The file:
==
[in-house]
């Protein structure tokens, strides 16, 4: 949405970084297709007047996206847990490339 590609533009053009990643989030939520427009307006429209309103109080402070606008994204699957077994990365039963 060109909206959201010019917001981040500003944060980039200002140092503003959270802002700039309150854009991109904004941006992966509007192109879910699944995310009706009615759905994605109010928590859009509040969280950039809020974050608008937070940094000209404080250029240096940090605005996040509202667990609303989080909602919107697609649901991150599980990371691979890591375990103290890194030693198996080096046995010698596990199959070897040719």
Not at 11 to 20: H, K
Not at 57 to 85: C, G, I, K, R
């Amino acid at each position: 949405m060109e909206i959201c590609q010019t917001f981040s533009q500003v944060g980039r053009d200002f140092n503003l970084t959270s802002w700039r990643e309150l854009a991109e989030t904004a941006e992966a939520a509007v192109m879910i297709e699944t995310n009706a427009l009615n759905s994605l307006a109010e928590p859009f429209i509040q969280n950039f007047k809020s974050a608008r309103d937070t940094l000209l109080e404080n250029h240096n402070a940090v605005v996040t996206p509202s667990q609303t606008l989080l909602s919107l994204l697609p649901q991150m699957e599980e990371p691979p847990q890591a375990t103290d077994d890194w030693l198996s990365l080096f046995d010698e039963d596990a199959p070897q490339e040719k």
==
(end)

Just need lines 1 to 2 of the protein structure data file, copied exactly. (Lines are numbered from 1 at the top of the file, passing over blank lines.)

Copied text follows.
[in-house]
């Protein structure tokens, strides 16, 4: 949405970084297709007047996206847990490339 590609533009053009990643989030939520427009307006429209309103109080402070606008994204699957077994990365039963 060109909206959201010019917001981040500003944060980039200002140092503003959270802002700039309150854009991109904004941006992966509007192109879910699944995310009706009615759905994605109010928590859009509040969280950039809020974050608008937070940094000209404080250029240096940090605005996040509202667990609303989080909602919107697609649901991150599980990371691979890591375990103290890194030693198996080096046995010698596990199959070897040719």